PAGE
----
It was at the end of the 1970s. I was around 17, almost finishing high school and preparing for college. Our teacher talked about life, about the economy, about the world outside school. He was quite negative. The economy did really bad at that moment. There had been a crisis at the beginning of the 1970s and at that time there was one again. Youth unemployment was much higher than now. He (and also others) called us the “lost” generation. That statement shook me.
So here we were, young, still studying and in some years going to be released to a world were there was no work for us. We were also told we inherited a world that was polluted by the previous generation, were at the verge of an ice age and worse even, our oil supplies would dry out in less than 50 years. In short, there was not much of a future for us.
Fast forward more than a decade. We had a reunion of our class. Listening to the stories of the others, we realized in the end that we weren’t that bad off. After finishing our studies everyone found a job and none of us was unemployed for long. The pollution also turned out better than expected. Fish were returning to the rivers, air was cleaner than before and there was more green in our environment. The feared ice age seemed to be a non problem after all and the oil supplies were … still about 50 years.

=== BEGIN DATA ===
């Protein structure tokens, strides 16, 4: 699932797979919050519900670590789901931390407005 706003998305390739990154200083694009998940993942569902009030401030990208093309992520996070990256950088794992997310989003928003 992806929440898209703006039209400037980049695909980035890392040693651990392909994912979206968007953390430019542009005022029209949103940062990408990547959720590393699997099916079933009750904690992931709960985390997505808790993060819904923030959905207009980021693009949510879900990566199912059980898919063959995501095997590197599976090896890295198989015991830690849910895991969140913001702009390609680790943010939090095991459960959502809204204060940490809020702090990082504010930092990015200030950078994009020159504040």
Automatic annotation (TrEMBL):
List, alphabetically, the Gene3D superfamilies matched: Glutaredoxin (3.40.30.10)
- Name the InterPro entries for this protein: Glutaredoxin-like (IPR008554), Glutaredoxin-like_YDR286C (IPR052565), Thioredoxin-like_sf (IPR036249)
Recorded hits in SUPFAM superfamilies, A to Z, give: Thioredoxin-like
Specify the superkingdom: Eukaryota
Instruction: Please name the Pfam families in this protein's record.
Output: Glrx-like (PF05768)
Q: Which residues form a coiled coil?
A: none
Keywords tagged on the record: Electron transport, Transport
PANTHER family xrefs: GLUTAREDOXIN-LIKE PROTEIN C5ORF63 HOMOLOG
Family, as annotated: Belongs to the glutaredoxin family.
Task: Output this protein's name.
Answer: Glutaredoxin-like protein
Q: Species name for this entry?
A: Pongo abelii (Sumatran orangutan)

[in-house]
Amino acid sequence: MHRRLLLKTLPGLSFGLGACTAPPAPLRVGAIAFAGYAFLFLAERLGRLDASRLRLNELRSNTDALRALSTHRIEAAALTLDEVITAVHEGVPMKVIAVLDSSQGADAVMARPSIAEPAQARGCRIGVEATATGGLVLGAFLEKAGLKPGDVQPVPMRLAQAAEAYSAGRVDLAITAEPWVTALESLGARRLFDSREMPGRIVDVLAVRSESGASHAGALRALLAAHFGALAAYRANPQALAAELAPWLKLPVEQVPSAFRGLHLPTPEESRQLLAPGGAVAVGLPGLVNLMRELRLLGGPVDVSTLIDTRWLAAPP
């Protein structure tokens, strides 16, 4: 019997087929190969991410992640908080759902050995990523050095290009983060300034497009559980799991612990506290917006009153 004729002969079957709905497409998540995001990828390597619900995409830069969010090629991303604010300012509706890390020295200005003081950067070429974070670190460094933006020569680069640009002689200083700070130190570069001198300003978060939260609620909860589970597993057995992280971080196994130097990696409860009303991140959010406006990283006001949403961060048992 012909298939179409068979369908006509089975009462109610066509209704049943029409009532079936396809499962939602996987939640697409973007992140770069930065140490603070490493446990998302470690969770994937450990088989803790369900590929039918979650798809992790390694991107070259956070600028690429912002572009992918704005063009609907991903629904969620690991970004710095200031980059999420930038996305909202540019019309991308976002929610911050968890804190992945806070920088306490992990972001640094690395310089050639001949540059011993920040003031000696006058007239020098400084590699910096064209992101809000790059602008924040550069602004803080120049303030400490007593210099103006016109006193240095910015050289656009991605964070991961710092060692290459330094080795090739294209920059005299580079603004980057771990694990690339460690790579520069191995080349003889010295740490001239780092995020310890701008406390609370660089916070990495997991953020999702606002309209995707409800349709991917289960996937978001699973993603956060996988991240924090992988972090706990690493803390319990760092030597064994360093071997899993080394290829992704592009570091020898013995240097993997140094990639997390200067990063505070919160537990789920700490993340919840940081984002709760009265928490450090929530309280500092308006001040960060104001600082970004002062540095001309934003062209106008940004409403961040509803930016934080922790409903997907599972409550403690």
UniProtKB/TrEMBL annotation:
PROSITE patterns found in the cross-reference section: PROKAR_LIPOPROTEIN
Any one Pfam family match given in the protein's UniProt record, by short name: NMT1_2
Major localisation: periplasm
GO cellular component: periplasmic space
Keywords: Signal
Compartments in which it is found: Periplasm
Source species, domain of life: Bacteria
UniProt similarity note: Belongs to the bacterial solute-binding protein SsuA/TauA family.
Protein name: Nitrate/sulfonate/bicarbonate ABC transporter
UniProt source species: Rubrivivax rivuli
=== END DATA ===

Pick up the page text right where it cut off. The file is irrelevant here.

Fast forward to now. We, generation X, gave birth to generation Y and it seems we didn’t learn anything from our own past. I hear more and more the statement that generation Y is a lost generation. Yup, they experience high youth unemployment, we left them with our CO2 in the atmosphere and they will suffer from global warming in the future. Peak oil is just around the corner (but reserves are, you guessed it, still 50 years). In short, there is not much of a future for them. Hey, where did I hear all that before?
The more things change, the more they stay the same. We seem to suffer from collective amnesia. Probably it is just a matter of waiting until the members of generation Y realize that this label was based on nothing much. Then add a decade or so before they declare generation Z a lost generation…
I like the fact your schoolmates didn’t swallow the doom and gloom, and went right ahead and succeeded. I think that is a very important tale to tell. It might inspire the young, whereas “Global Warming” tends to depress.
Around a decade earlier than you, at age seventeen, I hung around with hippies were very much into doom and gloom. The whole Timothy Leary “turn on, tune in, drop out” philosophy suggested it wasn’t worth even trying to make it in the modern world. I myself made it through that depressing outlook and “dropped back in,” eventually becoming a happily married man and raising five children, but the sad thing is that I witnessed close friends burn out and die young, largely because they “dropped out.”
The young need inspiration, not a whole lot of negativity.
Thanks for sharing, Caleb.
I don’t know about the others, but at least I swallowed it initially. It shook me when hearing that statement. In a way, we seems to be hardwired for bad news. Inspiring is one thing, being inspired another. Our situation is getting better and better and yet we tend to keep focusing on the bad things instead.
I think we should inspire by being realistic in the first place. It obviously was not an easy situation back then, but we saw opportunities and in the end we succeeded. There was obviously a core of truth in what the teacher said, but it was basically very one-sided information that had to be balanced before seeing it in the correct light.